While there were many actors who pressured men to reject survivors of violence, far fewer individuals were seen as promoting unity and kindness. In one group, when men were asked who promoted acceptance, the participants responded with laughter and incredulity, saying that “less than 1 %” of community members would encourage acceptance. Despite this strongly sceptical response, some participants did identify champions in some communities who tried to promote understanding.

In some cases, relatives and trusted friends could impart “good advice” encouraging family unity. One respondent even described how the survivor herself could turn to people of influence to make a case for acceptance:

“His wife will go to [his neighbours and his brothers] and ask them to convince her husband not to reject her (Katana).”

Religion

Men struggling to reconcile their feelings related to a survivor of violence cited personal faith and religious leaders as key supports. Men explained that certain churches and communities might actively promote the isolation of survivors. However, the majority stated that faith communities promoted understanding and tolerance. One man from Katana said:

“The clarification that we have about raped women is that it is the churches who help in the advice they give to raped women, giving them comfort, encouraging them to not leave their home and to not think that it is the end of the world because of what happened to them.”

Partial acceptance

The factors described above promote acceptance. However, they often do not result in a woman fully reintegrating into her household and marriage, because underlying trauma and associated feelings of stigma and shame remain unaddressed. Participants described how, even if a family remains intact, there is often still significant emotional distress and tension in both the household and community. Feelings of fear, anxiety and the extreme concern about STIs and HIV can still damage relationships and hinder healing. As one man explained:

“Although you did not repudiate your wife, your heart is twisted (Kahele).”

This kind of partial acceptance can have long-term negative consequences for both the survivor and her family. Men described how they are still the target of malicious gossip, and may be called stupid or naïve for his choice to accept. Survivors sense this resentment and may live a fractured life where she is only going through the motions of being in a family or marriage. As one man stated: “Sometimes she will be excluded from normal married life (Kabare).”

Eventually, she may experience such poor treatment that she chooses to leave her family out of desperation. Once man stated:

“One can keep her, but the poverty of the family may mean that the family rejects the raped woman, or one can keep her but because of the lack of necessary means, the family cannot meet the needs of the raped woman. The raped woman, herself, leaves the house to search for ways to support herself (Kabere).”

Another indicated:

“Families who have no means may well keep the raped woman, but will not be able to seek treatment or after the incident she will not find a man to take her in marriage. After staying a long time in the family, she decides herself to leave to misbehave or prostitute herself, that which may cause her to die of different diseases because neither she nor the family knew how to manage (Katana).”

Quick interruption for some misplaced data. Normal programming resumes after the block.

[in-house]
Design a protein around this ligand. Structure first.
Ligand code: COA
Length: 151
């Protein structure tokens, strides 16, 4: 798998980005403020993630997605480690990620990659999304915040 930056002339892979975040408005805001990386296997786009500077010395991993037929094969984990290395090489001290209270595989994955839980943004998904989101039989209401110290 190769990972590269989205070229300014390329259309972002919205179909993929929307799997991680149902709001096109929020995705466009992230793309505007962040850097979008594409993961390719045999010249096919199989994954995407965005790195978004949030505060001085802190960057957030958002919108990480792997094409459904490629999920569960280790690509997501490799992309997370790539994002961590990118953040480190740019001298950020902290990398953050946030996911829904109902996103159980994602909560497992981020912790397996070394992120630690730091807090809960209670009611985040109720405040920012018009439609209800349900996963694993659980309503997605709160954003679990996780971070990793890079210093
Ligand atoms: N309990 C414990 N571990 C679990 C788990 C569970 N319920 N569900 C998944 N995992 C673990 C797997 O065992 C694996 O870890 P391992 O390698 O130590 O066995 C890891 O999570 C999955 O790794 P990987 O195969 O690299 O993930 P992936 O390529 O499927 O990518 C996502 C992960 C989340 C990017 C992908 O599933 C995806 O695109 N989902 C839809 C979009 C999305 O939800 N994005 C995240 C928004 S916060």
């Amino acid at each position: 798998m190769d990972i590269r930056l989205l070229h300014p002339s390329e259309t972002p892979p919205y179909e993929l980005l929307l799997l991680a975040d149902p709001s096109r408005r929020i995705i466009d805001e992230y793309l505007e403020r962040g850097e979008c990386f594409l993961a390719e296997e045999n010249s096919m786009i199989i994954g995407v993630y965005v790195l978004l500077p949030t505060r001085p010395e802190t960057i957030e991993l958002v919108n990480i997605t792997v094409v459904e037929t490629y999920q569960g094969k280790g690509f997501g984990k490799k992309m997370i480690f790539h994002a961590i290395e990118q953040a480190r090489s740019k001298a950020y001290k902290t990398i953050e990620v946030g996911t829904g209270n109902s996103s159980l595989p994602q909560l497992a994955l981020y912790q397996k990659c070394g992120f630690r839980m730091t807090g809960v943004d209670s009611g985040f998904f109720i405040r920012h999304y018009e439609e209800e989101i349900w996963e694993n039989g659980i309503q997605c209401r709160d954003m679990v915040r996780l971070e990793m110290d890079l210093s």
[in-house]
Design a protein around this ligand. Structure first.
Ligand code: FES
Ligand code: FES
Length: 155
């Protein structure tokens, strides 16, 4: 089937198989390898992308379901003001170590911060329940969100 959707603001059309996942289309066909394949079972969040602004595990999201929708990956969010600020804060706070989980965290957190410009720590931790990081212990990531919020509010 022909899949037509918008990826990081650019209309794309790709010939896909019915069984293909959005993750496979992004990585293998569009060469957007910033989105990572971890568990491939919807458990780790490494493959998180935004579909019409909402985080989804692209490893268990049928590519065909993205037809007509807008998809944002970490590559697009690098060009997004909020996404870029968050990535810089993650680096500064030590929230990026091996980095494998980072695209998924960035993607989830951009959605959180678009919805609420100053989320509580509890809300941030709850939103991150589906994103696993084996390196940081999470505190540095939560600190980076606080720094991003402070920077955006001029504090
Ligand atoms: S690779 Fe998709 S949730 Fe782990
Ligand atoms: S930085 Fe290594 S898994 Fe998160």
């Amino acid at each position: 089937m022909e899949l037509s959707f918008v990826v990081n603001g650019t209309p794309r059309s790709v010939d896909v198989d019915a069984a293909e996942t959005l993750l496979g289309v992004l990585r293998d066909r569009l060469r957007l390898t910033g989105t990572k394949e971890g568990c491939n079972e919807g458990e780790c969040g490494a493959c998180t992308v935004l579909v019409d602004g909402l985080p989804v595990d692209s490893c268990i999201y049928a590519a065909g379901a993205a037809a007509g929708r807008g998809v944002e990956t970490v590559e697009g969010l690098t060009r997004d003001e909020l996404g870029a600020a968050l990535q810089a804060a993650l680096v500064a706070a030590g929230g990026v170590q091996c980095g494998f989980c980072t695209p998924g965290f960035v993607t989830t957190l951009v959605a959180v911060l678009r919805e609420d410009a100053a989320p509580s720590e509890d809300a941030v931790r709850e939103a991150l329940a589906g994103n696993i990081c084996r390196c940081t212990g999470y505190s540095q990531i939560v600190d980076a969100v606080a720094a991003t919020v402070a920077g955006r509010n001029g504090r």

Discussion

The focus group discussions with male relatives of survivors of sexual violence in this study highlight the complex interplay of factors that influence whether a man ultimately decides to reject, accept, or partially accept a female relative that has experienced sexual violence.

Blood relatives of survivors appear to face different pressures than husbands in the aftermath of sexual violence. For husbands or spouses in this study, the added dimension of sexuality – including the pressure to bear and raise children as a couple and the fear of HIV and STIs – contributed to considerations around stigma, acceptance and paths to healing as a couple. While most men recognised that sexual violence was, at its core, a non-consensual act, husbands of survivors felt that once a woman had been with another man, regardless of whether it was forced, the marriage was voided. In some discussions, men still seemed to blame victims of violence even while noting that there was clear use of force during an attack. These contradictory and complex perceptions of rape, including not knowing where to attribute feelings of guilt and shame, played into men’s struggle to know how to respond after sexual violence, and corroborate other existing research in the field [14, 15].

A husband’s impulse to dissolve a marriage was compounded by intense social stigma directed against men themselves as well as toward the survivor. Participants described how they were labelled as ‘weak’ and ‘useless’ by members of their community. Influence from close family members (for instance the husband’s mother or siblings), coupled with wider societal pressure often resulted in a man choosing to reject his wife, even if it was not his first instinct. Gender norms and household roles, particularly regarding women as mothers and caretakers, could strongly influence a man’s decision on how to respond to rape. Kohli and colleagues [14] also described the difficult balance that men faced of wanting to accept a relative that had been raped, yet feeling compelled to reject her based on societal norms. It is not clear whether the level of status of a man in his community impacts his decision to accept or reject a woman, but in line with other previous research [2], men appear to feel compelled to conform with – often potentially harmful – cultural norms.